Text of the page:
As a quick test I extracted the 1552 fungal species I could find in Wikipedia and repeated the analysis. If anything, the results are more dramatic:
Once again, Wikipedia dominates the search rankings. Over 75% of the pages are the top hit in Google. More specialist fungal sites, such as CAB Abstracts Plus and the American Phytopathological Society's online database do pretty well. EOL and the nomenclatural database Index Fungorum barely make an appearance.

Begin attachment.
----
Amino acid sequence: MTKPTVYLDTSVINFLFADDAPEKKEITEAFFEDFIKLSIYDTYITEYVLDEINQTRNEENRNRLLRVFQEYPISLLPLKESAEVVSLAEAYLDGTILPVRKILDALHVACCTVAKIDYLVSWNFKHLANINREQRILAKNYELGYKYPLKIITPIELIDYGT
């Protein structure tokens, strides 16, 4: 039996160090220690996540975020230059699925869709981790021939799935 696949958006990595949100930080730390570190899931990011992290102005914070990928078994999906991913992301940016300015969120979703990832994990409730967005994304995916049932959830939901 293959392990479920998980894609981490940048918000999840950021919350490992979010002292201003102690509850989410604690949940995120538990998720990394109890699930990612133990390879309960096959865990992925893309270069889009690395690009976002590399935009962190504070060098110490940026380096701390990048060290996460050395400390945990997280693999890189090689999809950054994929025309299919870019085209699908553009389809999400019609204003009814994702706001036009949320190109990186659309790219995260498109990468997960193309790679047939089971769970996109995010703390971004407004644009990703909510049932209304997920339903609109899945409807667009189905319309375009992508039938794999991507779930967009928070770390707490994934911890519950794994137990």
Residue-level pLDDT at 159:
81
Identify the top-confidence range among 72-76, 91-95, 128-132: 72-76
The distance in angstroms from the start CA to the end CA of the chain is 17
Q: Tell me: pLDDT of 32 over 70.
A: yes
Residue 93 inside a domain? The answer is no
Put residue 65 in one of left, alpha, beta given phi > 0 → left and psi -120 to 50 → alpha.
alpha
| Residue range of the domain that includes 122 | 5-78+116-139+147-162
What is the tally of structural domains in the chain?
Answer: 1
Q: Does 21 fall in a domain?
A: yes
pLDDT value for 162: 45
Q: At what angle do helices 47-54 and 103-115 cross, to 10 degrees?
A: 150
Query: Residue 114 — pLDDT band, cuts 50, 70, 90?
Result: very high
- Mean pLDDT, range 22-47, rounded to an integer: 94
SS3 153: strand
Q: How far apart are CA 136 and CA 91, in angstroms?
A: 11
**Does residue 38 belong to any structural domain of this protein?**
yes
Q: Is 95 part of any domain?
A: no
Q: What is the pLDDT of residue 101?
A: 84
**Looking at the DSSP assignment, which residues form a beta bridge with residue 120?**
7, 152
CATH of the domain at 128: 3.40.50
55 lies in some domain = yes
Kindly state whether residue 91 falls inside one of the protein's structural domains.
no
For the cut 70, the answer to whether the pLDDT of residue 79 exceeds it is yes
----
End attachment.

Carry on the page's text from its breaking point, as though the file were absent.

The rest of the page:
If fungi are less "charismatic" than mammals, the implication is that the less charismatic the taxon, the better Wikipedia does (perhaps there is less competition from other sites). Of course, Wikipedia is severely underpopulated with fungal pages, so one could argue that for fungi not in Wikipedia, sites like EOL may do better (relative to other sites), but that would need to be tested. I suspect that sites that provide more broadly useful information (such as APSnet) will continue to dominate the search rankings, followed by scientific articles (for the fungi in Wikipedia the publishers Springer, Wiley, and Elsevier all appear in the top of sites that appear in the Google rankings).